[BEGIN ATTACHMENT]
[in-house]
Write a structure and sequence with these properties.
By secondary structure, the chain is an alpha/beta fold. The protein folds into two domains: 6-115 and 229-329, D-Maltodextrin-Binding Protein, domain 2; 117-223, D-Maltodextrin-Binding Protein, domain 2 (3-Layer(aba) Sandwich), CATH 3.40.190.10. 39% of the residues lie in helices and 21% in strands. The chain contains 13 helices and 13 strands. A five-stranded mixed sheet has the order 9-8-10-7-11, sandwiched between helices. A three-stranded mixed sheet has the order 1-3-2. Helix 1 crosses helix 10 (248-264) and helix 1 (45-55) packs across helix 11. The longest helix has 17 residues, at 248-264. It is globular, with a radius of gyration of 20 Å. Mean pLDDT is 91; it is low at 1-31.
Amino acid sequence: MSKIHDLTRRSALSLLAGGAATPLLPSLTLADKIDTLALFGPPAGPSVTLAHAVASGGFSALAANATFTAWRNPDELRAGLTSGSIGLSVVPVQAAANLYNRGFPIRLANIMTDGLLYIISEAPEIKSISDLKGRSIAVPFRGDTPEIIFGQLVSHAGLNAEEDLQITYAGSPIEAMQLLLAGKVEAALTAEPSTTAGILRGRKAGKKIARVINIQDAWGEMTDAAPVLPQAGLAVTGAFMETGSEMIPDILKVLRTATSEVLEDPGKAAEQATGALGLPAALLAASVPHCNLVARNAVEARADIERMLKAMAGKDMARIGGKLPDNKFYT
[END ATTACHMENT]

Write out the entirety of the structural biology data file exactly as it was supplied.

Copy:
[in-house]
Write a structure and sequence with these properties.
By secondary structure, the chain is an alpha/beta fold. The protein folds into two domains: 6-115 and 229-329, D-Maltodextrin-Binding Protein, domain 2; 117-223, D-Maltodextrin-Binding Protein, domain 2 (3-Layer(aba) Sandwich), CATH 3.40.190.10. 39% of the residues lie in helices and 21% in strands. The chain contains 13 helices and 13 strands. A five-stranded mixed sheet has the order 9-8-10-7-11, sandwiched between helices. A three-stranded mixed sheet has the order 1-3-2. Helix 1 crosses helix 10 (248-264) and helix 1 (45-55) packs across helix 11. The longest helix has 17 residues, at 248-264. It is globular, with a radius of gyration of 20 Å. Mean pLDDT is 91; it is low at 1-31.
Amino acid sequence: MSKIHDLTRRSALSLLAGGAATPLLPSLTLADKIDTLALFGPPAGPSVTLAHAVASGGFSALAANATFTAWRNPDELRAGLTSGSIGLSVVPVQAAANLYNRGFPIRLANIMTDGLLYIISEAPEIKSISDLKGRSIAVPFRGDTPEIIFGQLVSHAGLNAEEDLQITYAGSPIEAMQLLLAGKVEAALTAEPSTTAGILRGRKAGKKIARVINIQDAWGEMTDAAPVLPQAGLAVTGAFMETGSEMIPDILKVLRTATSEVLEDPGKAAEQATGALGLPAALLAASVPHCNLVARNAVEARADIERMLKAMAGKDMARIGGKLPDNKFYT